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‘Iron Lady’ speaks of setbacks, resilience in journey to success

BY SHAME MAKOSHORI

WEST Properties chief operating officer (COO), Tatiana Ellis’ journey into the property world has been marked with boldness, humility, hard work and sacrifice.

These are only a few of many words that aptly describe the investor, under whose stewardship is one of Zimbabwe’s biggest and fastest growing property firms.

While Ellis has made an indelible mark in the manufacturing and real estate sectors, she is much more than a property investor.

Giving a rare interview on Friday, the businesswomen revealed that beyond business, she was a girl child advocate, a woman of faith and real estate icon rolled into one.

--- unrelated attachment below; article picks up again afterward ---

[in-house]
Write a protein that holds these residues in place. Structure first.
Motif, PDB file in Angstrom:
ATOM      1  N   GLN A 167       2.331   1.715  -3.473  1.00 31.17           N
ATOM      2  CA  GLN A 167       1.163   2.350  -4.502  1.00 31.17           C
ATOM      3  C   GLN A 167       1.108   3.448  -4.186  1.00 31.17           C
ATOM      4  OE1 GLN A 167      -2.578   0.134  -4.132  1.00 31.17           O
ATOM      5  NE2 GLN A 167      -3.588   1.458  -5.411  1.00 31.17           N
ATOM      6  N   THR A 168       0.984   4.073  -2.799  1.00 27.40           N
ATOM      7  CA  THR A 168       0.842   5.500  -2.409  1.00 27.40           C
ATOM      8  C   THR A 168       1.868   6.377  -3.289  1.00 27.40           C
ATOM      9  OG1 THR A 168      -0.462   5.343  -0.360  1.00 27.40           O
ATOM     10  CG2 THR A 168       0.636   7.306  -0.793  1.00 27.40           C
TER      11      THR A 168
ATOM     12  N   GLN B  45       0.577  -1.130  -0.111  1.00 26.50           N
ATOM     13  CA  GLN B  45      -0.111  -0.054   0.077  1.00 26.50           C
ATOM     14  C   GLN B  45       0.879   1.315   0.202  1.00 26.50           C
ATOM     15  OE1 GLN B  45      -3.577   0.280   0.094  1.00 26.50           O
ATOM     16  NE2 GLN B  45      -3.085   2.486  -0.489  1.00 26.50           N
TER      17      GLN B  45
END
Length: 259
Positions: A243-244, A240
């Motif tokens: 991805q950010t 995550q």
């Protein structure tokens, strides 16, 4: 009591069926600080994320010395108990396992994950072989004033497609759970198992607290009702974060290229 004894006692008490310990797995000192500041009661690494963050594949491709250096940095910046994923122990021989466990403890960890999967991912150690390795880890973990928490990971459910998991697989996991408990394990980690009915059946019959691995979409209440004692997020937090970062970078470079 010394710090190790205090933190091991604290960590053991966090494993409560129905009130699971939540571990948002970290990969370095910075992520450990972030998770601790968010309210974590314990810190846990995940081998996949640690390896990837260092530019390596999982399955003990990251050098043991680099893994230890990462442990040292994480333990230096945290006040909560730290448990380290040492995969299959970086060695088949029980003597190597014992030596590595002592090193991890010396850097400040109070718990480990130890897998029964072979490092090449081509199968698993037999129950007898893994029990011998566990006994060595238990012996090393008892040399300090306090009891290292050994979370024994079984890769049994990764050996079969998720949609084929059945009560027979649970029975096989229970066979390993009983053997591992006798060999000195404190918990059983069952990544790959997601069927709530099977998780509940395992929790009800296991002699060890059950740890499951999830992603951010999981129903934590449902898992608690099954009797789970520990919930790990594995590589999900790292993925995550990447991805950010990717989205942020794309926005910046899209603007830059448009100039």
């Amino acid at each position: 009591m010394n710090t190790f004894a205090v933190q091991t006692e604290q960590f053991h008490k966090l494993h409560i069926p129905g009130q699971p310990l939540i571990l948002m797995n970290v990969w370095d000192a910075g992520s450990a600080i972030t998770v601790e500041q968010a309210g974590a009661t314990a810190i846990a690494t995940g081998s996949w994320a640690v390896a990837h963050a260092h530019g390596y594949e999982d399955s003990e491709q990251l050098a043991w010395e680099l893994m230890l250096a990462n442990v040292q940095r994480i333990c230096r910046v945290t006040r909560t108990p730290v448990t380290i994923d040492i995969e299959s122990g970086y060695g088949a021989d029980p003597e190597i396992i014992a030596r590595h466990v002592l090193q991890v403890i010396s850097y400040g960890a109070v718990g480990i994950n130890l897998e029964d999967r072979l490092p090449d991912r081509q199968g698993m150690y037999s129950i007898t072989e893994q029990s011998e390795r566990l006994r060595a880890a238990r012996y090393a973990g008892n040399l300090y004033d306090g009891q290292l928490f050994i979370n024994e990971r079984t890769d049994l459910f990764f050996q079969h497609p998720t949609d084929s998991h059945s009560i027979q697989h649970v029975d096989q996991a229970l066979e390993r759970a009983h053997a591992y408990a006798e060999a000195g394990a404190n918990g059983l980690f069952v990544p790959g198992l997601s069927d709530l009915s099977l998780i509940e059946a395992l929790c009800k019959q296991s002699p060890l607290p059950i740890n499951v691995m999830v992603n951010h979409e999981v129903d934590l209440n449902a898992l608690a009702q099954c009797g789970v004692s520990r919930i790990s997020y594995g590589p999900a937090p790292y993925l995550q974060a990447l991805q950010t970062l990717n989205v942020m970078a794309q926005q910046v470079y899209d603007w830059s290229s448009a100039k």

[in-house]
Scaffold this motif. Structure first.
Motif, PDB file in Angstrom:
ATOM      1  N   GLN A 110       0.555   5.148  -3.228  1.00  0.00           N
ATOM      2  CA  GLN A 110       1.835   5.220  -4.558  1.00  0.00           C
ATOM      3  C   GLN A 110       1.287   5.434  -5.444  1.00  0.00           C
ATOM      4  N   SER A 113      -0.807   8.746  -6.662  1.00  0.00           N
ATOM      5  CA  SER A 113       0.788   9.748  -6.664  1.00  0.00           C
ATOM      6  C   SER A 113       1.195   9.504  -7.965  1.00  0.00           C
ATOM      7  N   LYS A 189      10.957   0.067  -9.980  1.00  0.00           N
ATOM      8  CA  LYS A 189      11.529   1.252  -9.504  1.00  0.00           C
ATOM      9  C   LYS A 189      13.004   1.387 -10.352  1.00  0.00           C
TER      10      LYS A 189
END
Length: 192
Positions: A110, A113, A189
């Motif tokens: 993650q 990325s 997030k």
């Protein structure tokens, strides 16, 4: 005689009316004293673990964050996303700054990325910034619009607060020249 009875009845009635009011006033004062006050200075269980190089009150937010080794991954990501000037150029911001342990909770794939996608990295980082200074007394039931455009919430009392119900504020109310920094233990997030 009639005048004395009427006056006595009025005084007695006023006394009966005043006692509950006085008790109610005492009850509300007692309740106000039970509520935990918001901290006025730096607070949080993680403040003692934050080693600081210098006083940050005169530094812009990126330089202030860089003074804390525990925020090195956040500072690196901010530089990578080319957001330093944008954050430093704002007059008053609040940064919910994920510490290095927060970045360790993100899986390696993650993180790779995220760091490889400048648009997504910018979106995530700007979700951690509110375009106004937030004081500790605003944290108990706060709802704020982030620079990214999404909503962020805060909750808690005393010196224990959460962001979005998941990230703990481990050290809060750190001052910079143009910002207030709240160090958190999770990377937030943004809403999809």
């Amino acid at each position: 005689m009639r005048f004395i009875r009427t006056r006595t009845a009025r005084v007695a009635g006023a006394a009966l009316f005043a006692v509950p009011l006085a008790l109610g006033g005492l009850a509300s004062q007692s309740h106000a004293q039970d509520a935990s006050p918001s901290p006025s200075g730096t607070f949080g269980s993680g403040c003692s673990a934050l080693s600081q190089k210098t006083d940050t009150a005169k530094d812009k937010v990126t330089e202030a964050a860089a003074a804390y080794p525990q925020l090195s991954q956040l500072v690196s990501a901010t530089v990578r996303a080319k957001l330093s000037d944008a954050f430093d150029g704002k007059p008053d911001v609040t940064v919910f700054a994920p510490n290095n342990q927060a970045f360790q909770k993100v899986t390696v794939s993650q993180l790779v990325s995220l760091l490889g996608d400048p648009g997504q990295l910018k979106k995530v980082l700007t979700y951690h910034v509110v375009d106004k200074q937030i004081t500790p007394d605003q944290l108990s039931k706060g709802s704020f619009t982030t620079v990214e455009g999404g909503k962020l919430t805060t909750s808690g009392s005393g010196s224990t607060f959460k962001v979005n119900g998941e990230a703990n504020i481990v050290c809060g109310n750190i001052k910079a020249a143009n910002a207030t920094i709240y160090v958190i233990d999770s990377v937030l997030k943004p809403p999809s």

Ellis’ daily job as COO at West Properties is a highly demanding occupation.

But this hasn’t impeded her from being a wife to her husband, a mother to her five children and a cheerful friend to many of her friends.

Affectionately known as the, ‘Iron Lady’ in business circles, thanks to her shrewd willed exploits in the male-dominated business world, Ellis’ life story sums up the difficult path and hard ceilings that the girl child has to break to make it in the business world.

She said in order to rise up to the pinnacle of Zimbabwe’s property sector, she had to adapt, improvise and overcome various impediments that she had to cross to achieve her business ambitions and personal development.